b. Wilfrid Pierce, 25 September c.1937, Annesley Woodhouse, Kirkby-In-Ashfield, Nottinghamshire, England. Pierce drove tractors on the farm at the age of eight, but his ambition to be a farmer was never fully realized. When he was about 13 years old, his father, a miner, died, and he left school to work in the mines. His first singing experience came after his brother entered him in a local talent show around 1965. He won, and his deep, powerful voice found him a regular paid singing spot at the club. He bought himself a guitar (and later learned piano) and began to put together a repertoire of songs. In the late 60s, as Stuart Stevens, he made his first recordings for EMI Records, including the release of a single (‘Soft Is The Night’/‘Tender Hearted’). He also appeared on the Lonnie Donegan television show. In March 1970, he was booked to entertain at a reception for the American country stars of the Wembley Festival. Performing as Willard Pierce, he created such an impression that it led to him appearing at the Festival itself the following day - seemingly the first British artist to do so. He made a noteworthy appearance onOpportunity Knocks in 1972 (unfortunately falling foul of the ‘never work with children or animals’ adage, losing by three votes to a child drummer). He recorded for the Youngblood label in 1972, with the subsequent album, Stories In Song, selling some 12, 000 copies. In 1973, he performed at a disc jockey convention in Nashville, subsequently appearing at many major venues, including the Grand Ole Opry and on network television. He was signed by Cliffie Stone to the US Granite label in 1974, who released his Youngblood album in the USA and in Europe. His recording of ‘My Woman My Woman My Wife’ became popular on both sides of the Atlantic, even drawing praise from the song’s writer, Marty Robbins. Further trips to the USA followed until, sadly for him, both Granite and Youngblood ceased record production, leaving him without a label in either country.
Stevens had continued to play the British clubs, first with his band Silver Mist, then with Pat and Roger Johns, before eventually appearing with his two sons Stuart (bass guitar) and Steven (keyboards). He also opened his own recording studios and worked on production with other artists. He formed his own Major Oak, Eagle and Ash labels and released albums that proved popular with his British fans. Twelve out of 28 unissued Youngblood tracks later appeared on his albumThe Loner. In 1979, he almost made the British Top 40 with ‘The Man From Outer Space’, which, after initially being released on his own Eagle label, was picked up by MCA Records and received air play and jocularity from Terry Wogan on BBC Radio. Further singles followed, including ‘If I Heard You Call My Name’, ‘One Red Rose’ and ‘Hello Pretty Lady’, which sold well for country records, but not well enough for a major label seeking pop record sales. This resulted in him parting company with MCA. Stevens’ national popularity increased and he regularly played the theatre and concert hall circuit, always doing it his way and always refusing to perform anything he did not wish to sing.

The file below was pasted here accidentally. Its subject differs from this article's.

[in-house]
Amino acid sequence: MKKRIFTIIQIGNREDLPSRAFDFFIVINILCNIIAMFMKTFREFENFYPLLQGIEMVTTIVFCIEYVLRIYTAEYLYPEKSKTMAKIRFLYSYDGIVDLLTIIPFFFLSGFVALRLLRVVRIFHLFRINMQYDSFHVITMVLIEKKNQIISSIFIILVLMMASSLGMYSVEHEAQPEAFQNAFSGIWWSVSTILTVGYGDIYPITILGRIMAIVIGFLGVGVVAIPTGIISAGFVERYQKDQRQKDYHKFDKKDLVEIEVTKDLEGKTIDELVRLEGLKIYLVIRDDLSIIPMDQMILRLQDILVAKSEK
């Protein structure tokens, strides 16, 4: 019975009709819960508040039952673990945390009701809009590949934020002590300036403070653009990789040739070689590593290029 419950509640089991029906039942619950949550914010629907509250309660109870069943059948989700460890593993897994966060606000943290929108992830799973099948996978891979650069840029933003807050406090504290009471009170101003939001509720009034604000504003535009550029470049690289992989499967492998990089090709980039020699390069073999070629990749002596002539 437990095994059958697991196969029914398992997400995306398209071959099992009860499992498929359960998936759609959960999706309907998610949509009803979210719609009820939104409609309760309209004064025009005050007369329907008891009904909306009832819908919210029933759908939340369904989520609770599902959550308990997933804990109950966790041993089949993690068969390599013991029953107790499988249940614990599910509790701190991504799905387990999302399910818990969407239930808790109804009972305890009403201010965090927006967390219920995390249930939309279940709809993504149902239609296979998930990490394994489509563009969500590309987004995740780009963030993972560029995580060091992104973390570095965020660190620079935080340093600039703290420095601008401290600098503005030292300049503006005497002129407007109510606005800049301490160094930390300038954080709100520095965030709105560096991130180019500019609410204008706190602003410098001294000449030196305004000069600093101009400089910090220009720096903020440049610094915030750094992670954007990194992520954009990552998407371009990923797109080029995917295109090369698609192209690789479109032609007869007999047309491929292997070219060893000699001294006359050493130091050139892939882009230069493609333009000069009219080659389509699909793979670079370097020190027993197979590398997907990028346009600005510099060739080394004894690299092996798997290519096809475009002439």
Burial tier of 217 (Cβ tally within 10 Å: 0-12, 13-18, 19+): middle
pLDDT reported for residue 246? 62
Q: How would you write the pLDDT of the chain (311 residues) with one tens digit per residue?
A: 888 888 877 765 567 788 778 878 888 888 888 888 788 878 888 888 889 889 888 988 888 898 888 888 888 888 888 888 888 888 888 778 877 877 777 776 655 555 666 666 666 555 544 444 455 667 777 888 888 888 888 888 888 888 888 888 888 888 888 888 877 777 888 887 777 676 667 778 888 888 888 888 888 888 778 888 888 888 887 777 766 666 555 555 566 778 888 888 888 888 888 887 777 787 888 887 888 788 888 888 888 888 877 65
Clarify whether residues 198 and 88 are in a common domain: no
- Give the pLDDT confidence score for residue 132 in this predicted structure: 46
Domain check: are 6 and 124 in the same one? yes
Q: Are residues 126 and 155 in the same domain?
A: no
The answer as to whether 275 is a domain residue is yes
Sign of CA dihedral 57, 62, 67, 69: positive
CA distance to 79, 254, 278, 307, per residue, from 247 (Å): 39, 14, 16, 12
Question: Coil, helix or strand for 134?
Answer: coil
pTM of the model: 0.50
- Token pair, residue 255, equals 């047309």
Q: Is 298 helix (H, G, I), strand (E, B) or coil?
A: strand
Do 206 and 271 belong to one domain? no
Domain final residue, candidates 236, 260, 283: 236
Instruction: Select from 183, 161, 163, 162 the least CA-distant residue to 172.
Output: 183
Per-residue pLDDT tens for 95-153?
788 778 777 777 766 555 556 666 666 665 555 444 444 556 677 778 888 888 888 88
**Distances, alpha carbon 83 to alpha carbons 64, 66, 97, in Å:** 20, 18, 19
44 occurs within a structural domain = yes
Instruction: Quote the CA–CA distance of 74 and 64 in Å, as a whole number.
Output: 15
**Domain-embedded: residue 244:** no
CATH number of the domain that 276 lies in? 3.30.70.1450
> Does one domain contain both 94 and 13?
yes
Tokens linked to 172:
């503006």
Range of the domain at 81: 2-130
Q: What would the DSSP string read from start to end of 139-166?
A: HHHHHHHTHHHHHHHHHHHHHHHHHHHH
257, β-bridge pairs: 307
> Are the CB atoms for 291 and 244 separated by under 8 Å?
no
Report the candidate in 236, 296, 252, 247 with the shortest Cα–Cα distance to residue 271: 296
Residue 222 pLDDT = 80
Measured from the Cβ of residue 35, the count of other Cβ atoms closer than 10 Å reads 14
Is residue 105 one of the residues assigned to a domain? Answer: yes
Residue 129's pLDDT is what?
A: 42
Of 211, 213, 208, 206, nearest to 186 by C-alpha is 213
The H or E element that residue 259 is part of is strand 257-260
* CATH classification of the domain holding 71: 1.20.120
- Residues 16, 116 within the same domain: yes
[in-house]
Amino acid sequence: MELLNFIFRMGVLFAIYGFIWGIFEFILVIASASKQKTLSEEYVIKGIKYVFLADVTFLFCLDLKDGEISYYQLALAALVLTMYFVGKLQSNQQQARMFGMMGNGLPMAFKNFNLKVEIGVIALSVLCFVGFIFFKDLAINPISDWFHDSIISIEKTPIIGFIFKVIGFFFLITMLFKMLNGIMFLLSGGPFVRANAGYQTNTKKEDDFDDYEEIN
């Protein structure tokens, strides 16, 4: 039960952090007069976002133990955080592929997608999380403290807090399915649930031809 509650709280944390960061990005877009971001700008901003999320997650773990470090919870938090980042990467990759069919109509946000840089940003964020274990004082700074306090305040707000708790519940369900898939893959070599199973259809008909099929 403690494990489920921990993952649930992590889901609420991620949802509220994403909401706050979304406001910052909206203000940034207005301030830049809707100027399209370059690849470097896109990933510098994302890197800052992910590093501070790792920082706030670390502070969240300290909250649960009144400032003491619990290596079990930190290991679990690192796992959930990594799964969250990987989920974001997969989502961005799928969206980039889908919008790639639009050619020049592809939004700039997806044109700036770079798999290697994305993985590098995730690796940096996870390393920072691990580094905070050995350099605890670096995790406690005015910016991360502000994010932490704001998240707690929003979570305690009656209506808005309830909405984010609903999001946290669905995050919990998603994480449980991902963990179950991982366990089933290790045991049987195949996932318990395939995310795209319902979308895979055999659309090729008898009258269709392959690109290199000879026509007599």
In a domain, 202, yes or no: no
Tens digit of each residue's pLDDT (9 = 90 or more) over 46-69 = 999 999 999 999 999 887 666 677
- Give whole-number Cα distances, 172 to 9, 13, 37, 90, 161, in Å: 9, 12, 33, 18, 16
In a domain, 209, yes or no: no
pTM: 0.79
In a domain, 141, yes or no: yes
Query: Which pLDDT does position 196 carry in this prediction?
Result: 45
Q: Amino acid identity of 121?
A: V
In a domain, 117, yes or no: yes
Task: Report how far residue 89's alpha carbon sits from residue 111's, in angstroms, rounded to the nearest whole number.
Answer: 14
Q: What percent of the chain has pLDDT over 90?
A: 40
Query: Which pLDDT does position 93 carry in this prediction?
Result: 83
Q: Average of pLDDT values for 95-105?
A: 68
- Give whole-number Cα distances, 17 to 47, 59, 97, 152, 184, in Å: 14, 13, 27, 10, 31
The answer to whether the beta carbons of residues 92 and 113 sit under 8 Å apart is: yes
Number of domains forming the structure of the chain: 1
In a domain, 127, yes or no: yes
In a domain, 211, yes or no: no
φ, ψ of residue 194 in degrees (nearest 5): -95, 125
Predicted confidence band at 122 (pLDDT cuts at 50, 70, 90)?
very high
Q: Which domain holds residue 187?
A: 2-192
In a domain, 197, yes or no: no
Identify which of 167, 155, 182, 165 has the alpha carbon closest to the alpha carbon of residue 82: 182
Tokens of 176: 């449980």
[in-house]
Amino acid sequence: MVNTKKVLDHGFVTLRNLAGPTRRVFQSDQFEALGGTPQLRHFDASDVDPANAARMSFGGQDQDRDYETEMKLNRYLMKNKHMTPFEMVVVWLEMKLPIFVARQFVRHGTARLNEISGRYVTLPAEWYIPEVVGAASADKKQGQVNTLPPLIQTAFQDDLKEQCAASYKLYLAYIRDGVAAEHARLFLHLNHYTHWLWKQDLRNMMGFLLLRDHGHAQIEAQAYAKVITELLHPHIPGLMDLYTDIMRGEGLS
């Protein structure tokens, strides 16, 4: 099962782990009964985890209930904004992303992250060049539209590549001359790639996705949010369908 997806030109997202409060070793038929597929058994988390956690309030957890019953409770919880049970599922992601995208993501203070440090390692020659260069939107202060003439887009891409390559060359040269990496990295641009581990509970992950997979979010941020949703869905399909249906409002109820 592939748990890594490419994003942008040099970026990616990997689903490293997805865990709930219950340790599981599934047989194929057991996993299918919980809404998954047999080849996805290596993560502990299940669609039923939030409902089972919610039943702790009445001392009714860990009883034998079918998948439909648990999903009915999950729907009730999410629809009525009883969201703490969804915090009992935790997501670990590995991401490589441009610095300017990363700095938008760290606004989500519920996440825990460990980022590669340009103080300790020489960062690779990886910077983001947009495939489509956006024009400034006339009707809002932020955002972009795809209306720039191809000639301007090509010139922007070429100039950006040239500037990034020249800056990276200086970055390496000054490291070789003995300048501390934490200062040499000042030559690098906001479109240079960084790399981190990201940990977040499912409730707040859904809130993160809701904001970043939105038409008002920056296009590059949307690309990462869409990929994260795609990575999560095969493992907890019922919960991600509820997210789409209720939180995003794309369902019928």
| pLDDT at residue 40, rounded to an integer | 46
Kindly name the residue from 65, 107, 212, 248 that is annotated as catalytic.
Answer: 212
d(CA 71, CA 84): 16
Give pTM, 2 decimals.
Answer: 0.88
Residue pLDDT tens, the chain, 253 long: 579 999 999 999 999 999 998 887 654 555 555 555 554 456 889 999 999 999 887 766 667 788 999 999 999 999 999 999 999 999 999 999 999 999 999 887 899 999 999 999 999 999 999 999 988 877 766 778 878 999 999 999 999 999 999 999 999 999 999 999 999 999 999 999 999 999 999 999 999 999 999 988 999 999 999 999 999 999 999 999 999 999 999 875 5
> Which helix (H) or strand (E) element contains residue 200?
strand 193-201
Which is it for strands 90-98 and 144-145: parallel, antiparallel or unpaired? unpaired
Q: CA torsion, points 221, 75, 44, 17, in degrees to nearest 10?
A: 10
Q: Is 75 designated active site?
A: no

In 1984, Stu and his wife were devastated by the death, from a rare heart disease, of their youngest son at the age of 19. Steven, a keyboard player of very outstanding abilities, had appeared on stage from the age of seven. Although Stu Stevens played out his immediate special bookings, he soon tended to withdraw from active participation in the music scene. However, after many years of silence ‘The Voice’, as he was affectionately known to his fans, released a new album on Ash Records in 2003.